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Big Start to Year at West Valley Boys & Girls Clubs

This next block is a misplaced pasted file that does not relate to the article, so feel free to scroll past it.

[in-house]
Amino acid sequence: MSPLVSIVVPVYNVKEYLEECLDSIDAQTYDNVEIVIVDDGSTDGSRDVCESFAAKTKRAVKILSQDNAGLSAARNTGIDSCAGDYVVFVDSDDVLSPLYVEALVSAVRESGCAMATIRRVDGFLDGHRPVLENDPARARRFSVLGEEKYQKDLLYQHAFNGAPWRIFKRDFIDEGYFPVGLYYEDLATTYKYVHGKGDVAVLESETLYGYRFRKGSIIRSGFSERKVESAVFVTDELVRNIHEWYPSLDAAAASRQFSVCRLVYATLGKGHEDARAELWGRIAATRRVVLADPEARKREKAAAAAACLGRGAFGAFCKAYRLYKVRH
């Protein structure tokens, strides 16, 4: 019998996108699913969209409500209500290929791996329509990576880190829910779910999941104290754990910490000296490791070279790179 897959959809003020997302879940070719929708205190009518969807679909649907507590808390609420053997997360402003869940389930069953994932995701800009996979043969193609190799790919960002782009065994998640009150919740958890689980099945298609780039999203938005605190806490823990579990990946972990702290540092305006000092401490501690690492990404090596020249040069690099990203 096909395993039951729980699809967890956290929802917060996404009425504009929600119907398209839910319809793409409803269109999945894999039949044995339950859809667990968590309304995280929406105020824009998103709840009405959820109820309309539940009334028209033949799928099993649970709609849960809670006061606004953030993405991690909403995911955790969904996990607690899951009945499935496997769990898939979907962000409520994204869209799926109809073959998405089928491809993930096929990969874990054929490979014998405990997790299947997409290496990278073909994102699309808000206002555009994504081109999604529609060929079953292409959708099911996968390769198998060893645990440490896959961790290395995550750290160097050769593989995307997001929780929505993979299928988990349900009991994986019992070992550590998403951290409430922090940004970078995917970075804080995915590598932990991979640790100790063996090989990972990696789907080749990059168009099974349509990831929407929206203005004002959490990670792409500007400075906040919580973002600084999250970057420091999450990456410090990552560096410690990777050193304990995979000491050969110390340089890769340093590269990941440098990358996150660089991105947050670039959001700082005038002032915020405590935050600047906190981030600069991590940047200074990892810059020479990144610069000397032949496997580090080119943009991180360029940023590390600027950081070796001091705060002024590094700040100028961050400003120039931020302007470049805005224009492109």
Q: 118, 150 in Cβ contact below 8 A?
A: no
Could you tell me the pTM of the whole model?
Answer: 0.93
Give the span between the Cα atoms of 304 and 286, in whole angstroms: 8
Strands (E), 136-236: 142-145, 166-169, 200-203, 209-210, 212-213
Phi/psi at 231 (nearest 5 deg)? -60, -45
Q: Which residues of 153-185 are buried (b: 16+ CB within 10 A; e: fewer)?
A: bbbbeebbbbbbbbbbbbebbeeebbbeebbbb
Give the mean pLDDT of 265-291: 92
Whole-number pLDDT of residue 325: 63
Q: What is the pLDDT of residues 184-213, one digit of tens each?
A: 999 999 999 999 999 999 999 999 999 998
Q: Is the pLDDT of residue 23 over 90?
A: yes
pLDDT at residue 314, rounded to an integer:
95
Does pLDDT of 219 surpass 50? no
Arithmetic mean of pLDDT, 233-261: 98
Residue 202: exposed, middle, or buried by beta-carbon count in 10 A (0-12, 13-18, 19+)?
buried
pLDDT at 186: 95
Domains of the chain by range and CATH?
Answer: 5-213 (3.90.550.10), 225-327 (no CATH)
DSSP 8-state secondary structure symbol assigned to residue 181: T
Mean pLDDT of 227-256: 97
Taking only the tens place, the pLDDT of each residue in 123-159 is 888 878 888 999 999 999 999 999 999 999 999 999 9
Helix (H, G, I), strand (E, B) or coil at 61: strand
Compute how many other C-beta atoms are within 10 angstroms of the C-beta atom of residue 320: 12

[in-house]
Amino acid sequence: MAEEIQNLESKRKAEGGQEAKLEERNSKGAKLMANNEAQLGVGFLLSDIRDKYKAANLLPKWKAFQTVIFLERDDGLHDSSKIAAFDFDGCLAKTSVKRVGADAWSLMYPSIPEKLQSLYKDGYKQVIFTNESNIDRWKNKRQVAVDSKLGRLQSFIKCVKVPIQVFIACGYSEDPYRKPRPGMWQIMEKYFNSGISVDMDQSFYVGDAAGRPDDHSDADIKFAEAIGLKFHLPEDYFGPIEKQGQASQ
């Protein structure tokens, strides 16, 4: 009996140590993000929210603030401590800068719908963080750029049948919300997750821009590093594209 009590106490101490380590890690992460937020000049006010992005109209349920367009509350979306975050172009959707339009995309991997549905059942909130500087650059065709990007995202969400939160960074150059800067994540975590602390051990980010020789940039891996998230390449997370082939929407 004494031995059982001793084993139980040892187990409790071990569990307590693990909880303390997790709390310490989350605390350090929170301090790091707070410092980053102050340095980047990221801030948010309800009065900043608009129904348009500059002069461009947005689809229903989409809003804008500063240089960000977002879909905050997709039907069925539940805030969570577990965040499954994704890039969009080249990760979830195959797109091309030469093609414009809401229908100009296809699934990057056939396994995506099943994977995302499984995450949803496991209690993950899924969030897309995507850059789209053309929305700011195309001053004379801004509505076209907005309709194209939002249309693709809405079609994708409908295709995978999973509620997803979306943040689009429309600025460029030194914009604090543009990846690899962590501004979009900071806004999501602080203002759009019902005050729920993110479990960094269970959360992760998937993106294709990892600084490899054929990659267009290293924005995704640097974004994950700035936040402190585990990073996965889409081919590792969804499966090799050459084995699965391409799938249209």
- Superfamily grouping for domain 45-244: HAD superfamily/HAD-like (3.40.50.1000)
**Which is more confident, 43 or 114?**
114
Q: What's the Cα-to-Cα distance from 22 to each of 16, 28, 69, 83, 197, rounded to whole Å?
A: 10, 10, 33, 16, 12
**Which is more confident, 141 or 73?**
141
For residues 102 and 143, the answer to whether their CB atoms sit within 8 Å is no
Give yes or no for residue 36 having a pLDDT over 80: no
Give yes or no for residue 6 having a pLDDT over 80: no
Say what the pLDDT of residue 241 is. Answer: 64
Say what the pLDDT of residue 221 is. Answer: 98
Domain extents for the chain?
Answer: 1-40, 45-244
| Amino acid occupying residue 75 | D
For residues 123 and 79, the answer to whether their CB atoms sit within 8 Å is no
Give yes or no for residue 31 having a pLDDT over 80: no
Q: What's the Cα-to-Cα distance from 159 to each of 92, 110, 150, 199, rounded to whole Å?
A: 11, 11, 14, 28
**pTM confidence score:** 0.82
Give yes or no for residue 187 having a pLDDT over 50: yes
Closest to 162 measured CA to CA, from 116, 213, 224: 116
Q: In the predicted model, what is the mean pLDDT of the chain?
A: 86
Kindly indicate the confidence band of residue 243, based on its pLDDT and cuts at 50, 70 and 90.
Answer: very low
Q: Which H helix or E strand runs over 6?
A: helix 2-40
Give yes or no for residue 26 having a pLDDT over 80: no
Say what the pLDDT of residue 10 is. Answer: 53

This year marks the 25th anniversary of the West Valley Boys & Girls Clubs in Canoga Park – and if the next six months are anything like the first six, 2017 will be remembered as an action-packed year. After a nationwide search to replace retiring chief executive Jan Sobel concluded in March with the appointment of longtime Boys & Girls Clubs leader Tim Blaylock, the nonprofit announced on May 5 that it had added five new members to its board of directors. The governing group now includes John Donovan, audit partner and asset management practice leader at the Woodland Hills offices of KPMG; Kaiser Permanente Assistant Medical Center Administrator Marianna Jong; Sherry Lapides, vice president of customer relations at Replacement Parts Industries Inc.; Import Connection Design owner Peter Machuga; Aerojet Rocketdyne Holdings Inc. Program Director William Munsch; and Steven Silvers, partner at executive services firm C Suite Financial Partners. All joined the 20-member board between January and May. “All of them come to the table with terrific professional experience and also personal interest in the club,” Chris Murray, vice chair of governance and 15-year board member, explained. The board reflects the Clubs’ objective of placing its affairs in the hands of Valley leaders, he added. Although the new additions are short on experience compared to other board members, all have demonstrated clear commitment to the mission of the organization through their personal and professional accomplishments, Murray said. “There is a steep learning curve, but all of the new members are outstanding,” he said. “We’re looking forward to working with them.” The board will convene in June to review its objectives and priorities for the coming year and beyond. On the table for discussion are upcoming fundraising efforts, such as sponsorship for the yearly Mile of Quarters event in September at Westfield Topanga and the annual gala and live auction in October, as well as longer-term goals. One such item will be the possibility of moving the Clubs’ Canoga Park headquarters into a new space, Murray said. “Obviously we’re fine with the building we’ve got, but these are our big dreams and aspirations,” he said. In the meantime, members will enjoy making use of the headquarters’ remodeled learning center and STEM (science, technology, engineering and math) room, unveiled in a special ceremony on May 24. As part of the Clubs’ new partnership with B-STEM Project, a group that collaborates with organizations and businesses to provide technology solutions and educational supplies, the rooms were treated to fresh paint, storage and decor courtesy of IKEA, Dunn-Edwards Corp., Cloud 77 and Container Store Group Inc. “Our STEM program is a really quality program,” Blaylock said. “With these improvements, it’s going to be at an even higher level now.” Next-Gen Pilots As worries about a national pilot shortage continue to make headlines, Clay Lacy Aviation is working on a possible solution: Fund flight school for future generations of pilots. “Our interests are in the industry of business aviation,” said Scott Cutshall, vice president of marketing at Clay Lacy. “We love aviation, and we want the people coming after us to fulfill their career aspirations.” To that end, the Van Nuys private jet charter firm recently established a scholarship fund at Orange Coast College in Costa Mesa for full-time students in the school’s aviation science program. Each award is valued at $3,750. By offsetting some of the cost for training, the grant will allow aspiring pilots to obtain their commercial flight certificates, the final step toward being paid to fly, Cutshall explained. While most graduates from Orange Coast College’s aviation program will need many more hours of experience in the cockpit before they qualify for positions at Clay Lacy, the scholarship gives them the means to move to the next rung on the career ladder, he said. “If we can help those people get those first certificates that allow them to get started and receive compensation to fly and therefore build time faster, then we can help create more pilots in this country,” he said. Clay Lacy’s expansion into Orange County markets made Orange Coast College a natural choice for the company’s scholarship fund, Cutshall said. The firm also offers scholarships through the University of North Dakota School of Aerospace Science and the Flight Path Learning Center in Los Angeles. Staff Reporter Helen Floersh can be reached at (818) 316-3121 or hfloersh@sfvbj.com.

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